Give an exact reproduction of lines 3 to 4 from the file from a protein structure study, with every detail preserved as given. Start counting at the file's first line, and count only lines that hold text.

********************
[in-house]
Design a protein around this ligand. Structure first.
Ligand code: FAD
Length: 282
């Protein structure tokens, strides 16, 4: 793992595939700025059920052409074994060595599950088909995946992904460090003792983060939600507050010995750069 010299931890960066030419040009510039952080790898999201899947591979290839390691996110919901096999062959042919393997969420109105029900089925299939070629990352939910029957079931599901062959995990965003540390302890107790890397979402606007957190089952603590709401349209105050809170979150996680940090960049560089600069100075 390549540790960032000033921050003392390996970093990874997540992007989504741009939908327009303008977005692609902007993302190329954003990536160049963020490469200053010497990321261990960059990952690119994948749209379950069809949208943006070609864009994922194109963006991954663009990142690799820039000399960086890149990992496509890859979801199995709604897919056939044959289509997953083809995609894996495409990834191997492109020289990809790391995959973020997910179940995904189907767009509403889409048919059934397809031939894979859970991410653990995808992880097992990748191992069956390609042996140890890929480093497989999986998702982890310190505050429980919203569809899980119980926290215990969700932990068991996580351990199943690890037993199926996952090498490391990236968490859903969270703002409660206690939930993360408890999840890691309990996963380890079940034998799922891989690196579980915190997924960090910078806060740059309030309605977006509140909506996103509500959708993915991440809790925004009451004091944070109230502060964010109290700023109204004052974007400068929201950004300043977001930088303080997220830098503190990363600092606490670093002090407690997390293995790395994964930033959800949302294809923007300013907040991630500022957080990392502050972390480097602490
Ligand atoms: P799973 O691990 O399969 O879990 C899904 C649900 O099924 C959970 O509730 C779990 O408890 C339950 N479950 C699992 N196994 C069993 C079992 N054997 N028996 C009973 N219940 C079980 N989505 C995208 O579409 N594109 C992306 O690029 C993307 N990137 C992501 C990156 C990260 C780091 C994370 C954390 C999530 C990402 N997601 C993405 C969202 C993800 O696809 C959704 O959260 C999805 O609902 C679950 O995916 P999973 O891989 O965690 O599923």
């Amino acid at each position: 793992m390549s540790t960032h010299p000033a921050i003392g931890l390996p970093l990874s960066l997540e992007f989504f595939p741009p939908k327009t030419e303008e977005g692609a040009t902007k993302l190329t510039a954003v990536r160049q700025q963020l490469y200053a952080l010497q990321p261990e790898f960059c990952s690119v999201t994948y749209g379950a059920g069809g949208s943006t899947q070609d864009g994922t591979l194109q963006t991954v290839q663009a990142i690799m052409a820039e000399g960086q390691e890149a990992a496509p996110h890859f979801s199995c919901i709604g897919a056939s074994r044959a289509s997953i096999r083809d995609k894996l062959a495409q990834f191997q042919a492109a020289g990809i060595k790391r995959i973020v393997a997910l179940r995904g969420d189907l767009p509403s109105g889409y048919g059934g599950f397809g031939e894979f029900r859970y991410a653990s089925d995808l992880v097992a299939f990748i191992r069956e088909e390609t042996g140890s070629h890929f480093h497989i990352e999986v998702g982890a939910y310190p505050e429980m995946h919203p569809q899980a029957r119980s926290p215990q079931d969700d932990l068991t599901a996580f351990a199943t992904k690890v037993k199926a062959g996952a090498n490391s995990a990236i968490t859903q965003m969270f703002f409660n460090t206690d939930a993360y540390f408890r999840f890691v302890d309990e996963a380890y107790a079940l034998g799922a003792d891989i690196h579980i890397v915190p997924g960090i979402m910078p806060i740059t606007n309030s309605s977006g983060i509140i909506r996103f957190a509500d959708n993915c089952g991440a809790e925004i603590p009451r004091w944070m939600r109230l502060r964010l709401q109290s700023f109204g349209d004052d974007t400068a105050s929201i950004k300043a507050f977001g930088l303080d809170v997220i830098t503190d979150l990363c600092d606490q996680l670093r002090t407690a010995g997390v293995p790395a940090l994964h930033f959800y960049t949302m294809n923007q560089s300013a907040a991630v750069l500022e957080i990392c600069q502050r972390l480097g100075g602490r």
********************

Ligand code: FAD
Length: 282